This month, the International Association of Accessibility Professionals (IAAP) will host its inaugural educational conference, entitled “IAAP Access 2015.” To be held October 21-23, 2015, at the Westin Lake Las Vegas Resort & Spa in Henderson, Nevada, the conference will gather accessibility professionals from around the world who are focused on defining, improving and growing the accessibility profession. NetCentric is proud and excited to be a sponsor for and exhibitor during this momentous event in the world of accessibility!
The IAAP is a membership-based organization for individuals and organizations that are focused on accessibility or are in the process of building their accessibility skills and strategies. Their objective lies in helping accessibility professionals develop and advance their careers and to help organizations integrate accessibility into their products and infrastructure.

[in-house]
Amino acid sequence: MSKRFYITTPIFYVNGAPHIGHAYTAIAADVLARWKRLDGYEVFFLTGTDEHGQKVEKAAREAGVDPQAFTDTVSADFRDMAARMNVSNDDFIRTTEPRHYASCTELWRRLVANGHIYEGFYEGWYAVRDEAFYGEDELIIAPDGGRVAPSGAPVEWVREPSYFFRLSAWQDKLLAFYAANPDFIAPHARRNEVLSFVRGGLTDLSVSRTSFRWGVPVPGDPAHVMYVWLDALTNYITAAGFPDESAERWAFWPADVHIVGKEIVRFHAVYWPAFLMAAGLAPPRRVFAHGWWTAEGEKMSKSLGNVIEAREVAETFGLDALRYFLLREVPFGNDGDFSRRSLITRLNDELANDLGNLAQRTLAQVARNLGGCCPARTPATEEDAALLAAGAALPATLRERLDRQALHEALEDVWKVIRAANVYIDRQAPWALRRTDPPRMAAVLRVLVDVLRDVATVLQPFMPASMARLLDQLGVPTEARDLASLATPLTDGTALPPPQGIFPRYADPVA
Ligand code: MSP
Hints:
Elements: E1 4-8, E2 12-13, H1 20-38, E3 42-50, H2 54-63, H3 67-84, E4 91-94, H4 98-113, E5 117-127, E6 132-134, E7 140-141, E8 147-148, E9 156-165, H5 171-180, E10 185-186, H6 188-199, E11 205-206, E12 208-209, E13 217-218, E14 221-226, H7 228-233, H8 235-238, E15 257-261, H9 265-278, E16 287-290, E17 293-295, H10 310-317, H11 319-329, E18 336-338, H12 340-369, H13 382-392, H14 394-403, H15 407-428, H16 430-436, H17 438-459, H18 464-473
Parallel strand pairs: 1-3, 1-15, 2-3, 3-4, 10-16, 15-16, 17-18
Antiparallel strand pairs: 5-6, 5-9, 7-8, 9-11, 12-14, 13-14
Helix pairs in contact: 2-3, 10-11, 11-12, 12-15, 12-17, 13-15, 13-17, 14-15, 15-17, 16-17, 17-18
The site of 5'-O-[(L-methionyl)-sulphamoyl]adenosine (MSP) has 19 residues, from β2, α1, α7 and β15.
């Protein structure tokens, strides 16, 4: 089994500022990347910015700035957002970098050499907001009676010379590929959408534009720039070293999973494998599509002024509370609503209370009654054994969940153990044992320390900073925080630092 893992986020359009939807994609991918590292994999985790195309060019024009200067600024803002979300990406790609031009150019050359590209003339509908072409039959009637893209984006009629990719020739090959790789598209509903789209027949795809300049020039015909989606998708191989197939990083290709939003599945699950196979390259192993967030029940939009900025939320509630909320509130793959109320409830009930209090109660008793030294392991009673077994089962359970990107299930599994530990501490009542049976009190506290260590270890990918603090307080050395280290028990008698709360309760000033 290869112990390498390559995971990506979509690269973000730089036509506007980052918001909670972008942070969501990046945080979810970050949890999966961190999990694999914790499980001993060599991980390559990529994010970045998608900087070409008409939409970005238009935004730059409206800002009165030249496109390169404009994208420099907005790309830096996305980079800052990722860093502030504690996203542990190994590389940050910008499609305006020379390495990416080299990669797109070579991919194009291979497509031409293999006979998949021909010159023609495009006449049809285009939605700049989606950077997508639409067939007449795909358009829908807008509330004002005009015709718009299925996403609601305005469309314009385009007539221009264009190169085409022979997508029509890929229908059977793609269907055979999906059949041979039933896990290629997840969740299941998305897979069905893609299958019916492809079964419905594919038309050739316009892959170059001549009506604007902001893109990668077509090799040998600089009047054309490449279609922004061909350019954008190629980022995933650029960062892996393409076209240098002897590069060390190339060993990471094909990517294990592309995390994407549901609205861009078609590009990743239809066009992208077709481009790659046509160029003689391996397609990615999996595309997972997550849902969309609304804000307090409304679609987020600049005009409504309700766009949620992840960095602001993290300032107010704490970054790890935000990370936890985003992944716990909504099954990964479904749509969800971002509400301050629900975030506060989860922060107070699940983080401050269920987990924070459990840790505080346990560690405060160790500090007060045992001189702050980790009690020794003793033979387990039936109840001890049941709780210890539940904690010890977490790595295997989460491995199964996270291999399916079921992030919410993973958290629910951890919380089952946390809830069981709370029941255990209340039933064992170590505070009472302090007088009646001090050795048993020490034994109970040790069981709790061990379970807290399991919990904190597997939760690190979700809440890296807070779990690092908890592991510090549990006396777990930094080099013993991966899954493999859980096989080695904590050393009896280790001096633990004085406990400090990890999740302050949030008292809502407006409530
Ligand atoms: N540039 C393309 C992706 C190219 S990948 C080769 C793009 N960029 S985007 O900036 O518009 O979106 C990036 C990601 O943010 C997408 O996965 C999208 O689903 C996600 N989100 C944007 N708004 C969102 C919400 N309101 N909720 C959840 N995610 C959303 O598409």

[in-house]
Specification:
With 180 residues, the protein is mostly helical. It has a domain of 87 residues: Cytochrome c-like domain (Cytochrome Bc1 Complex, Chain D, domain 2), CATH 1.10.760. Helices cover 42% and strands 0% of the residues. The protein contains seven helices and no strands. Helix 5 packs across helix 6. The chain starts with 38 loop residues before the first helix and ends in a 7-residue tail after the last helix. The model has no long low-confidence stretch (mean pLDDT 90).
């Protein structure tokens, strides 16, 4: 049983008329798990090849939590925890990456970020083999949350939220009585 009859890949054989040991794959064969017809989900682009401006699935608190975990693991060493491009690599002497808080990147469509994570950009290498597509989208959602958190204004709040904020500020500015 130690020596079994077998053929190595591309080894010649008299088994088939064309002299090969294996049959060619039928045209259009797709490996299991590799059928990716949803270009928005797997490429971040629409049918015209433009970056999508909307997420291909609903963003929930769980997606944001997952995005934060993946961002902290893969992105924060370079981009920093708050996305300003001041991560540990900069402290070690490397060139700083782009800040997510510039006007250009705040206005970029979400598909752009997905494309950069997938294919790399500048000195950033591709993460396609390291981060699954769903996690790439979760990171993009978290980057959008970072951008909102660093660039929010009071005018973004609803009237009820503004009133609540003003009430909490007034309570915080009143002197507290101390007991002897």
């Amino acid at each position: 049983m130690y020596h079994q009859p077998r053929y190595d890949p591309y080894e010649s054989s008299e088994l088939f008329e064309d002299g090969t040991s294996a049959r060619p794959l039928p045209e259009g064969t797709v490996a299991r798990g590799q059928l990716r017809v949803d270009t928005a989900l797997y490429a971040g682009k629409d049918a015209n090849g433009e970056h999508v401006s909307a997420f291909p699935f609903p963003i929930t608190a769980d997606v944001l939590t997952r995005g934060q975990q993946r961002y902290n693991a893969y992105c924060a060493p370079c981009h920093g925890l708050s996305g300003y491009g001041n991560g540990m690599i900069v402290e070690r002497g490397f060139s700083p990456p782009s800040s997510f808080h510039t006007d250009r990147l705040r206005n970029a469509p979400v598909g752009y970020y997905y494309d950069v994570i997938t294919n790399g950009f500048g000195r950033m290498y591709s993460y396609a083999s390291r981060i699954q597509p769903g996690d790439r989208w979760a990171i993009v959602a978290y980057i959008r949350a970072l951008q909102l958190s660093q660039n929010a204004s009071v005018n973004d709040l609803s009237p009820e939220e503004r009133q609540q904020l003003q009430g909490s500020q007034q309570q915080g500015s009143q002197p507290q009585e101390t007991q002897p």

IAAP Access 2015 promises to be a landmark event at which attendees can expect the following:
- networking with other professionals from around the world focusing on accessibility topics and implementation;
- hearing from accessibility experts during keynote sessions, interactive education sessions and in-depth workshops;
- meeting with leading product and service providers in the Exhibit Hall;
- learning how to enhance your career path in the field.
More information about IAAP Access 2015 can be found on IAAP’s website.
If you will be in attendance at this year’s conference and would like to schedule a free consultation with NetCentric regarding your electronic document accessibility needs, please email email@example.com.
We look forward to seeing you there!